How does a 20-something journalist of modest means travel in the second-most expensive city in the world without breaking the bank?

Here are some tips I picked up along the way:

Finding a Flight

To find the cheapest flight, you really do have to work at it. There are endless Web sites dedicated to discount travel, and after looking at three or four of them, they all begin to look the same.

One newer site that offers at least a sleek look, if not a bigger variety of airlines, is Mobissimo.com. It searches other discount sites and offers discounts if you buy two tickets at once.

The best way to get a cheap flight is to be flexible in your travel dates, and avoid flying on Friday, Saturday or Sunday.

However, since I booked my ticket at the very last minute (less than seven days before departure) and had very specific travel days, I was happy with my $500 United Airlines direct flight found on Orbitz.com that took off from JFK Airport in New York City to London's Heathrow Airport.

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Getting Around

Depending on which airport you arrive at, you will have several options to get into the city. From Heathrow you can simply take the Underground, or Tube, and spend $7.20 for the single trip into Central London. Or, if you know you'll be taking the Tube for the majority of your trip, consider getting an unlimited ticket. Three days unlimited travel costs about $34.

If you fly into Gatwick, the cheapest (but slowest) option is to take a local commuter train, which will cost about $16 for the single trip. You can also take the Gatwick Express, which is faster and said to be more comfortable, for about $23.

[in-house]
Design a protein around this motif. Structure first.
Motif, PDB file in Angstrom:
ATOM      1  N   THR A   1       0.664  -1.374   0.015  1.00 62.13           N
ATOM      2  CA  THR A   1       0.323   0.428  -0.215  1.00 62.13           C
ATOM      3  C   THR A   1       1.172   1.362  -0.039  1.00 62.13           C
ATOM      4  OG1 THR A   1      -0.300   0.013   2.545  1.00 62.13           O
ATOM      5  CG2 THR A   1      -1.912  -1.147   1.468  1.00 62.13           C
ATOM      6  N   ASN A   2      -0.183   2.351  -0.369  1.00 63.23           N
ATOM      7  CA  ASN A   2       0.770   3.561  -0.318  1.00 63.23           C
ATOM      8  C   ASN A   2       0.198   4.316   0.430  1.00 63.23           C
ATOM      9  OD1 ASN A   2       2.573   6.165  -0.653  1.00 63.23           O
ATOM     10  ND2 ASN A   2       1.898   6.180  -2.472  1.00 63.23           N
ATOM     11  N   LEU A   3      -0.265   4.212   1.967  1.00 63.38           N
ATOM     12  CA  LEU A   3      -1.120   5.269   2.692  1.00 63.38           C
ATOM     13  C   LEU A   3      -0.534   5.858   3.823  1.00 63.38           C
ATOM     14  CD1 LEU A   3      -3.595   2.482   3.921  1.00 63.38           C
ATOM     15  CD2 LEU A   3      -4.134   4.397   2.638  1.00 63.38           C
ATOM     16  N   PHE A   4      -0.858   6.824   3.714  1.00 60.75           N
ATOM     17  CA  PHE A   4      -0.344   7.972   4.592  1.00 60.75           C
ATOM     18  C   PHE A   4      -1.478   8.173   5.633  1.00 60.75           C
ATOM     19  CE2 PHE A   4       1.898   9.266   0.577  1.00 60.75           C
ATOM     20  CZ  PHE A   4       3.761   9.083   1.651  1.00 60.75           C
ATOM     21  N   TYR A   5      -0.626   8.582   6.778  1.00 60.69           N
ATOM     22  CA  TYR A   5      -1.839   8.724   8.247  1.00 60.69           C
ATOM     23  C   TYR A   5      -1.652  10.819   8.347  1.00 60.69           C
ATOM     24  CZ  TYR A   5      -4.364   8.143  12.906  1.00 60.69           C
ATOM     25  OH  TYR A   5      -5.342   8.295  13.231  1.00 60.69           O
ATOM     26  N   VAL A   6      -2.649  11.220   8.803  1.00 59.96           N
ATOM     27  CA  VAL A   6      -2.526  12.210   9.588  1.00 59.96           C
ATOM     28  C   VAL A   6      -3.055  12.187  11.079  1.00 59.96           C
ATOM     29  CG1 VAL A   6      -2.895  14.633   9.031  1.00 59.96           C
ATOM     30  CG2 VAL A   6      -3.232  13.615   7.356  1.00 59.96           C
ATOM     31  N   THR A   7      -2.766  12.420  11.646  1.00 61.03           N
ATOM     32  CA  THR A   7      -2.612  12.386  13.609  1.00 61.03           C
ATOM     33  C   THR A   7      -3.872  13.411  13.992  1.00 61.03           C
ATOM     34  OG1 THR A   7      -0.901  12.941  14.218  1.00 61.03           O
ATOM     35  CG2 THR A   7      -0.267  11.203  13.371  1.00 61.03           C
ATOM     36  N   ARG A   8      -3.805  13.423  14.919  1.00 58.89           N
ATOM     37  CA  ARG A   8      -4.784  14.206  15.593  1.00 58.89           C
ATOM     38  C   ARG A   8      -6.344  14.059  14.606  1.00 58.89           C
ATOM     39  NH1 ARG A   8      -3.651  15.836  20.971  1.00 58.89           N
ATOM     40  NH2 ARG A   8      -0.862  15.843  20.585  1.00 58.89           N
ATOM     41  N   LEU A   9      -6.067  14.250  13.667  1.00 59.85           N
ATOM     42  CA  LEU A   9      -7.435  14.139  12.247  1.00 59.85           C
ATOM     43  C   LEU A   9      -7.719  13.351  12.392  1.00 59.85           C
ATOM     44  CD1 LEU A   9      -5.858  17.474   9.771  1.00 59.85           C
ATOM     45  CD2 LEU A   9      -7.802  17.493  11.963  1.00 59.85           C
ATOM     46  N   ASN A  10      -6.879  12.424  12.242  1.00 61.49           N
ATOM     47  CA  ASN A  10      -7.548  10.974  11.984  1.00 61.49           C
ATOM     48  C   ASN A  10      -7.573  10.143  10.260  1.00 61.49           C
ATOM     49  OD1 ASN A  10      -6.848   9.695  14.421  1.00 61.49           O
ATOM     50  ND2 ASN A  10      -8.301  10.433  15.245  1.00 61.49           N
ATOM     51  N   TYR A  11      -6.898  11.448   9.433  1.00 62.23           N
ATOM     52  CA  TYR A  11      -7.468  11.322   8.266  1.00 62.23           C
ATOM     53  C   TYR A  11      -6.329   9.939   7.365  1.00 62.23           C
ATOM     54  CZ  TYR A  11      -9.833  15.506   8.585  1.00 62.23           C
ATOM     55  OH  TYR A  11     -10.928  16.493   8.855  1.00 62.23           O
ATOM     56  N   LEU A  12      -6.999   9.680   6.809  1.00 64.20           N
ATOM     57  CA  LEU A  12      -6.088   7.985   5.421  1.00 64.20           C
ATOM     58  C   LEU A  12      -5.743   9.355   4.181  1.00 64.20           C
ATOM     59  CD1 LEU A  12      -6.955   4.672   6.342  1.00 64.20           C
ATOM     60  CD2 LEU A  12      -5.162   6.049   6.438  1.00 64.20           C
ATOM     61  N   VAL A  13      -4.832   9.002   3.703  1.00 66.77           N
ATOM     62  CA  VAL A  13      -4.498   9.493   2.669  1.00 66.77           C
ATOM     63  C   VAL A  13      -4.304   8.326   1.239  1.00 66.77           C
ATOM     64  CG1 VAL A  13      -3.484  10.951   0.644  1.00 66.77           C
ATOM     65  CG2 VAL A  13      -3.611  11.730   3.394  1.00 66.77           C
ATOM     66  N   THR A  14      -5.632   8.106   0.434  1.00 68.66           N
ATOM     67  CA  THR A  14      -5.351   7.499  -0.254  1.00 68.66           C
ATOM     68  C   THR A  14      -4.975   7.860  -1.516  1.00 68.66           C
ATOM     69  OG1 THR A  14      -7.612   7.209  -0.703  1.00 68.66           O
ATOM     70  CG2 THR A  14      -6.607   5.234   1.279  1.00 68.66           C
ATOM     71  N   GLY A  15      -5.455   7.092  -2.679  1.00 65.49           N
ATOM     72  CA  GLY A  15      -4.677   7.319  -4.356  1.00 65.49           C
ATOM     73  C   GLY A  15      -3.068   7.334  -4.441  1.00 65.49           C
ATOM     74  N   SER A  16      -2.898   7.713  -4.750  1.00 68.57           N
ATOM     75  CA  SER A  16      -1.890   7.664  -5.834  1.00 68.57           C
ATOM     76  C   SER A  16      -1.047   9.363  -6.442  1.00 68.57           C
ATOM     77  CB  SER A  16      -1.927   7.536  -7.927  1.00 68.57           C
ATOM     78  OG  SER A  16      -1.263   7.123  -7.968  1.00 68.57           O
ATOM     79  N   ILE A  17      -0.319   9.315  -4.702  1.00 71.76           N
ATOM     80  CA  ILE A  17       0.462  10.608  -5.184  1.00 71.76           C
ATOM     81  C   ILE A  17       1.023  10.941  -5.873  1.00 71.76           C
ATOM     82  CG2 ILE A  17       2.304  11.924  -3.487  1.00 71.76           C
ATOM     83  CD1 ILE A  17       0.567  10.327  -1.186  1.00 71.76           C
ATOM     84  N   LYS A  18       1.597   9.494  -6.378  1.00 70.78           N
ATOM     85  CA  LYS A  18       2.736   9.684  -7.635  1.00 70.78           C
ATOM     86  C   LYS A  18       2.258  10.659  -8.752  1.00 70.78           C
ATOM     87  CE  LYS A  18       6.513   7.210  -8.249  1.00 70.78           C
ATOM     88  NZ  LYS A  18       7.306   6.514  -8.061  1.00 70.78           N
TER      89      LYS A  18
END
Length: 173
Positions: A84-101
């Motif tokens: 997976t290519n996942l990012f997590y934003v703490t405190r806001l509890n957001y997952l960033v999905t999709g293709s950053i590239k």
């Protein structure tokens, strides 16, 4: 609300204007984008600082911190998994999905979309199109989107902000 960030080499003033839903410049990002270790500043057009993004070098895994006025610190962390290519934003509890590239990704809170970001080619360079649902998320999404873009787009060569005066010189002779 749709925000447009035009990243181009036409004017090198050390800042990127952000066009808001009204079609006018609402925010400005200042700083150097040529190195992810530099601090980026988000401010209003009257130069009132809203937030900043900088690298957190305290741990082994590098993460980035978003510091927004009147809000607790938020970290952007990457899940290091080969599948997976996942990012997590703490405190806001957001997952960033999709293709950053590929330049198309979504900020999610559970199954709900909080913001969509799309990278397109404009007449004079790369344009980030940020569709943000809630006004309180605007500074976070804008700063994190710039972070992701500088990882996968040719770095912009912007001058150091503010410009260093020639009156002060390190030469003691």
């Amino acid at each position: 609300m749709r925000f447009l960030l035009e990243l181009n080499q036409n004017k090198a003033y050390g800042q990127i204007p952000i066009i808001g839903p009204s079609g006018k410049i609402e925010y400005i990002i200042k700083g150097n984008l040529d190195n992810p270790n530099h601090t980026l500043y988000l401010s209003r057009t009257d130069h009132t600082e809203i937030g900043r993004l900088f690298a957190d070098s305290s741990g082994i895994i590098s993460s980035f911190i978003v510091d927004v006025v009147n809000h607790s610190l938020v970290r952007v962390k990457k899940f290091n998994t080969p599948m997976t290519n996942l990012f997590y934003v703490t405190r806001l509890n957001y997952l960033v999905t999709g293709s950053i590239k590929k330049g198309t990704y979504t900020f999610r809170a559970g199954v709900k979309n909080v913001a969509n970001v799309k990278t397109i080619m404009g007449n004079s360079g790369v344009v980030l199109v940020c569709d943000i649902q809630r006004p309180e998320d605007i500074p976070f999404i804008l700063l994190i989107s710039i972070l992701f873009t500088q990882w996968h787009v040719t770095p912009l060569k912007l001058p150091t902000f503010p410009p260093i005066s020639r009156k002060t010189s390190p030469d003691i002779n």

Currency

"Rick Steves' London 2006" travel guide recommends not taking traveler's checks or even exchanging money beforehand, saying ATMs and debit cards offer acceptable exchange rates.

Also, I bank with HSBC, which has locations all over the globe, including London. So not only did I get a good exchange rate, I didn't get any charges for using a different ATM.

Before I left, I called my bank and my credit card company to tell them I'd be traveling, so when I started to use the cards overseas, the activity didn't look suspicious. Several friends had warned me of their trips being overly complicated because their banks thought their ATM or credit cards had been stolen.

More Tips: Packing

Finally, I checked the weather report to make sure I packed appropriately, and sure enough, it was supposed to rain the entire weekend.

I picked up a cheap pair of rubber rain boots and packed my raincoat, an umbrella and lots of socks. I also took a sweater for warmth, a skirt for going out and otherwise stuck to jeans, comfortable shirts and sneakers.

Never having been to London, I took care in picking a guidebook to take along. I'd been to Paris a few years earlier and found that Rick Steves' travel books offered very good tips at getting to see a city as a local sees it, rather than as a tourist. He also offers a variety of trip ideas that cater to every wallet size. The book itself runs $17.

I also picked up a street map of the city that included the Tube map, as I knew the Underground would be my only means of transportation.

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